April 18, 2011
In our financial updates over the last few months, we have frequently referenced the challenges the University faces with the Queen's Pension Plan (QPP). This issue has been percolating for some time now and we feel it would be important and helpful to explain, in a little more detail, the challenges and dilemmas we are facing with the QPP. There is a guide to the QPP on the HR website which will give you full information about the plan.
By now, you may be familiar with the basic facts of the QPP problem. The plan takes in contributions from employees and the University, based on a certain percentage of salaries and wages, and invests this money with the intention of earning a sufficient rate of return to be able to meet the commitments to pay pensions when the employees retire. The plan is managed by the Pension Committee, with the expert advice of actuaries. The Government of Ontario also gets involved, as the regulations require the plan to be valued every three years, and if there is a shortfall in the plan, then that problem has to be addressed by the University.
Managing the plan involves making guesses way off into the future about the inflows and outflows of cash, and rates of return on investments. It also involves guessing how long pensioners are going to live (actuaries call this the "mortality rate"), and about long-term interest rates in the Canadian economy.
If any of these guesses (actuaries call them assumptions) turn out to be wrong, then in the very long run the plan may not be able to pay out all the pensions unless the University and the employees put a large amount of extra money into it each year for several years. Unfortunately, this is the point we have reached. The next part of this update talks about each of the separate reasons for the problem, but bear in mind that it is the combination of all of them that has had this impact – the plan is not currently in balance. The longer it is left in this condition, the worse the problem will become.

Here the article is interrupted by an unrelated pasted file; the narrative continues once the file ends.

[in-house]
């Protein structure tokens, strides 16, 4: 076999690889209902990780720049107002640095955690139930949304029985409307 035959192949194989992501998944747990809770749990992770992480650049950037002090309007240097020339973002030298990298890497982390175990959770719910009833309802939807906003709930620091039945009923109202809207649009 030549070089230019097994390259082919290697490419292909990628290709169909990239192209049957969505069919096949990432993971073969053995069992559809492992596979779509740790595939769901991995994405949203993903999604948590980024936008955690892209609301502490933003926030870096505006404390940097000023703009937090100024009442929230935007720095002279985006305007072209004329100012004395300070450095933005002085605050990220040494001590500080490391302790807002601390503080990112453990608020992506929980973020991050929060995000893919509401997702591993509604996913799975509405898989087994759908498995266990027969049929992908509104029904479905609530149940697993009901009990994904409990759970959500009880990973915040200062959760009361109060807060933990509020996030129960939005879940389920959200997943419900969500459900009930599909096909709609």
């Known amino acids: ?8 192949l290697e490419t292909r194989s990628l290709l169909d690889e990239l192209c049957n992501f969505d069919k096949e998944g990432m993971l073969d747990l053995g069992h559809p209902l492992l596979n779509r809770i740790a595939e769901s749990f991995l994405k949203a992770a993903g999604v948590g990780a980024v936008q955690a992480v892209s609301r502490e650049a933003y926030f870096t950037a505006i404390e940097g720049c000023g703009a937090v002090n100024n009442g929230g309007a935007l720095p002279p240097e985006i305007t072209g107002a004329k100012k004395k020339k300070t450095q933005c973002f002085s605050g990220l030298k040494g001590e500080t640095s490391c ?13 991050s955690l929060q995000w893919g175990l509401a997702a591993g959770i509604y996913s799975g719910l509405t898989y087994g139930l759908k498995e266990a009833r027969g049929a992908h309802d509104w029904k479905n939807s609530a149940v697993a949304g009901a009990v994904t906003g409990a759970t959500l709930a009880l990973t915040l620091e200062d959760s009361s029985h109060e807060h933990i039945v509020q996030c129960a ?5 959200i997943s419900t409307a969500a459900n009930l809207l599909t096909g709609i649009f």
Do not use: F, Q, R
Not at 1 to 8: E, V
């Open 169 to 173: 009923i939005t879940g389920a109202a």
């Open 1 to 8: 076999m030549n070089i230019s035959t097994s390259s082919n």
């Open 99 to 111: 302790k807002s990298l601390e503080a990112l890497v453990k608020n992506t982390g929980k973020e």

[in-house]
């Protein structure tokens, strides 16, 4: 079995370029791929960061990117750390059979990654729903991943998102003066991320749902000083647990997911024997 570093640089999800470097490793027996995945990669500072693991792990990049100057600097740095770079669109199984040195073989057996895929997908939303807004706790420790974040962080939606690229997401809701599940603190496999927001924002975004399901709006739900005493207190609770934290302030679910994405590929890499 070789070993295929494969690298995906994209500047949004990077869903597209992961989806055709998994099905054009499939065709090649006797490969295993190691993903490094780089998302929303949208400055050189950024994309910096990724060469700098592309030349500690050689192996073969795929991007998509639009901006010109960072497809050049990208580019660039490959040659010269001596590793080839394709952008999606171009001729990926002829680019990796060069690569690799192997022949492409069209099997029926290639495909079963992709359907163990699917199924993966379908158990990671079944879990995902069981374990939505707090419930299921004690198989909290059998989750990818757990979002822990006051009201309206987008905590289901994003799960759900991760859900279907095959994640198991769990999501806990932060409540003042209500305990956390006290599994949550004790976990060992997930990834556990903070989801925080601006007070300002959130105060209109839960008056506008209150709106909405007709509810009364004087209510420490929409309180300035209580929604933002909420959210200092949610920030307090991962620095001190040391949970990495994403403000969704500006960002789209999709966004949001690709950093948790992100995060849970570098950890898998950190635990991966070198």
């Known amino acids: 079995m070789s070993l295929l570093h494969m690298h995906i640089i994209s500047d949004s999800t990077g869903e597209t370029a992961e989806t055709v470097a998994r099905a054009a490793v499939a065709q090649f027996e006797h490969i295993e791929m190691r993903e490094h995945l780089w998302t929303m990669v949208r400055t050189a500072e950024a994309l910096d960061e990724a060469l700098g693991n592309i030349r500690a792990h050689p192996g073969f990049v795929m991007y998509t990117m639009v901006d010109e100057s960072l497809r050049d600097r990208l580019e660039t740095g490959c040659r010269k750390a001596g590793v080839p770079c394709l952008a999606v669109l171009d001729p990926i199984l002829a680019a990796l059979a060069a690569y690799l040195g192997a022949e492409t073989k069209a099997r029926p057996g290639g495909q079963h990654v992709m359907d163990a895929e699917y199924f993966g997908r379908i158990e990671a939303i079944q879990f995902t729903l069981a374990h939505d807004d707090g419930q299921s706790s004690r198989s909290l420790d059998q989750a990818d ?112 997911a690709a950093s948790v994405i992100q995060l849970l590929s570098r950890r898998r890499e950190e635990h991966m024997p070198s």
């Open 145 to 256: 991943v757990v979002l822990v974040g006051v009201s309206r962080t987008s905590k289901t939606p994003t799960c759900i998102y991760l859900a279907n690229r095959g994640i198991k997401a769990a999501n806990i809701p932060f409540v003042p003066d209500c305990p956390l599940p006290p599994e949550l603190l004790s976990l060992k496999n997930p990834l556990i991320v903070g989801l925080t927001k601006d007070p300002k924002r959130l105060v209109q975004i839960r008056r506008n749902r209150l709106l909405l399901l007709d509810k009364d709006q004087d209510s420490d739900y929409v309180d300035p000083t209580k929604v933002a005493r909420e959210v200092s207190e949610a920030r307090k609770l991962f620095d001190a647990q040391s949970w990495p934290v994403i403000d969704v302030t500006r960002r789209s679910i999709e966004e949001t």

The investment portfolio was hit badly when the financial markets crashed very suddenly in 2008. While the markets have been doing quite well recently, the market value of the pension investments is not where we would like it to be. Figure 1 shows the value of the investment portfolio each August 31 for the last 5 years. (August 31 is the anniversary of the plan, and the date on which the government regulations require the plan to be valued.) Over 2006 to 2010, the actuaries were assuming an average return on investments of 6% each year. If this had held true, the market value of the plan would have been closer to $1.5 billion instead of the $1.3 billion we see on the graph.
Figure 1: Pension Plan Asset Changes 2006 to 2010 - Market Value
As we mentioned, each member of the plan has deductions from their pay that go into the plan. That amount is more than matched by the University. These amounts all form part of the investments made by the plan, but they are accounted for separately for each employee, so that we know at any one time how much money is available for each person at retirement.
Two years ago, when the global financial crisis struck, revisions to the plan were already under discussion. For years it has been recognized by the University administration and the employee groups that the QPP is in need of some adjustments. Pensioners are living longer than expected, and the rate of contributions to the plan has fallen behind the rate at which benefits are being paid out. (See Figure 2).